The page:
This is the story that YOU wanted to hear us talk about! It received 46 percent of the vote in our Radioactive poll!
Much of the technology once though to be pure fantasy in our favorite science fiction books and movies is moving closer and closer to reality. Despite such potentially exciting news, many Americans are hesitating to embrace the changes, a Pew Research Center study reveals.
Among other advancements being made, replacement organs could be grown in labs, drones may deliver packages and scientists may figure out how to teleport small items.
Fifty-nine percent of those who responded to the Pew study were optimistic that scientific and technological changes will improve Americans’ way of life, CBS News reports, but 30 percent say the advancements will actually make life worse.
In regards to Google Glass and similar devices, 53 percent said they’re a change for the worse. Additionally, 63 percent are not looking forward to personal or commercial drones flying through the air. When it comes to driverless cars, survey respondents were split: 48 percent found the phenomenon interesting.
Americans were most pessimistic about scientific advancements that interfere with nature. When asked if prospective parents should be able to alter the DNA of their children, 66 percent responded that such an advancement would be a change for the worst. Additionally, 72 percent said they would not get a brain transplant to improve their mental capabilities, and a mere 20 percent had any interest in eating meat from a lab. Nearly two-thirds (65 percent) of respondents did not want to see lifelike robots replacing caregivers for the elderly or sick.
As far as Americans’ expectations, less than 40 percent expect teleportation to happen within the next half-century, and only 33 percent think humans will begin living on other planets in that time.
Short of these forthcoming inventions, Pew asked what they are more interested in. The top three responses were improved methods of transportation, like flying cars; time travel; and health improvements to extend longevity and fight disease.
The survey was based on 1,001 telephone interviews of adults 18 and older conducted from Feb. 13-18.
- Telecommuting: 5 tips to make it work for employers and employees
- See how top CFOs feel about economic growth in the Valley
- Migraine myths that keep patients from effective treatments
- Here’s why Gaydos went tankless with his water heater
- 12 things to watch before the Oscars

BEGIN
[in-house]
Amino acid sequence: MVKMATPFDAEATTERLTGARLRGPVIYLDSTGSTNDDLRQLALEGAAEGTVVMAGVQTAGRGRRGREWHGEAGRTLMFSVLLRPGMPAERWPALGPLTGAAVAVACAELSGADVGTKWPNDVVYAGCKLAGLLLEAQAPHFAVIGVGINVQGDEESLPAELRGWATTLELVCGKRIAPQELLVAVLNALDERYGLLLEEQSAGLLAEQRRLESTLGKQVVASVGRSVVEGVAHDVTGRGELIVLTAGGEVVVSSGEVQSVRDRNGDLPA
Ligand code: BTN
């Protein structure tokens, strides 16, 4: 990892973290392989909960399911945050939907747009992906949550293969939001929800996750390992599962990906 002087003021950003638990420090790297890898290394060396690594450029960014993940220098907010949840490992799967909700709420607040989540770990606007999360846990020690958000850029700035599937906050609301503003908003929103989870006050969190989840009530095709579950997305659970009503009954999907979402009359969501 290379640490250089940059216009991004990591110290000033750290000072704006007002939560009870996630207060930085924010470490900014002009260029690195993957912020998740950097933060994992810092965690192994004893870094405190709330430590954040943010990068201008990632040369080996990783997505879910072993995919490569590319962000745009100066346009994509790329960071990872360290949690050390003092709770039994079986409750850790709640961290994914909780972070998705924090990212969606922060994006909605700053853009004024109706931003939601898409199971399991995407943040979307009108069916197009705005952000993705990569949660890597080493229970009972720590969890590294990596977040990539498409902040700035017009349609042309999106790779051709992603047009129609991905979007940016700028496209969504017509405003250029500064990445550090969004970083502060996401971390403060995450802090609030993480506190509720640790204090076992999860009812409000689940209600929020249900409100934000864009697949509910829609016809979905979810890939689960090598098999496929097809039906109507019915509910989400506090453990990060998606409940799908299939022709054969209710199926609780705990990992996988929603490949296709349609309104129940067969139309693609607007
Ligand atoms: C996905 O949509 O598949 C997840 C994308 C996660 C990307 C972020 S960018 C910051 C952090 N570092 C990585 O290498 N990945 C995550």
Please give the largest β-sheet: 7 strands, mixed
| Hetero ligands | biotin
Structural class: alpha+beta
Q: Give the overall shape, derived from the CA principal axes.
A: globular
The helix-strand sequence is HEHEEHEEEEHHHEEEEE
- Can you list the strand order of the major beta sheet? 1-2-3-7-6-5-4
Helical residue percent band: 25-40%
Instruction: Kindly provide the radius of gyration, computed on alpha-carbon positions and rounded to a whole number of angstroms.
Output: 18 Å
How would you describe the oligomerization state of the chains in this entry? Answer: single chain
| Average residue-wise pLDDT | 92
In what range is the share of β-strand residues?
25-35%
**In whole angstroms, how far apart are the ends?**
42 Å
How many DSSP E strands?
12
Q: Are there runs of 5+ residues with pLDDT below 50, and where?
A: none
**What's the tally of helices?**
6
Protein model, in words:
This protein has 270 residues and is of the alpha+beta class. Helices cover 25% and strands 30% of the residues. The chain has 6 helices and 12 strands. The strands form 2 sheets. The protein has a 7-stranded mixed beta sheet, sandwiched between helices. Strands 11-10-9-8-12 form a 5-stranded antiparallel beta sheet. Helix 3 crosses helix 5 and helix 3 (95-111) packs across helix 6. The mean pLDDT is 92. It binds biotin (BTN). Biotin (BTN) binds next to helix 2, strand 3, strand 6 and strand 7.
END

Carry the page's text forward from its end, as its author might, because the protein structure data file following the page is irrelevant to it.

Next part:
- Bocce ball and basketball: How you can help Arizona's Special Olympics athletes
- Tips on building the best wine room in Arizona
- Avoid the nightmare: 6 tips to choose a great contractor
- Breast cancer: Improved testing and treatments means more survivors
- Best and worst of Super Bowl commercials
- Failed back surgery: New hope for patients living in pain
- Ticking time bombs: Telltale signs your water heater is about to explode
- Reading glasses could be a thing of the past
- 6 cool ways teachers are using technology in the classroom
- Emerging tech jobs in Phoenix and how to get one in 2017
- 4 top treatments athletes use for pain
- Emergency! What to do when bathrooms flood
- Operation Santa Claus needs holiday help
- This college bowl season is likely to be epic
- Arizona kids in crisis: How you can help
- 11 holiday classics for the ultimate movie marathon
- New treatment offers hope for migraine sufferers
- 11 stadiums to watch your favorite football team
- Shopping for a TV? Best models for 2016
- The new beer pairing guide for holiday foods
- Avoid this holiday plumbing disaster in your home
- 7 tips to avoid holiday weight gain
- New treatments mean better prostate cancer survival rates
- 5 of the scariest things found in drains
- 6 tips to create the best family movie night
- Arizona Rep. Kyrsten Sinema: ‘It’s my job’ to attend Trump inauguration
- Arizona. Gov. Doug Ducey to push for teacher raises in upcoming months
- Gov. Doug Ducey: I approve of border wall ‘as long as it benefits Arizona’
- ‘Supernatural’ TV show convention comes to Arizona
- Jan Brewer thinks Paul Penzone will have tough time beating Sheriff Joe Arpaio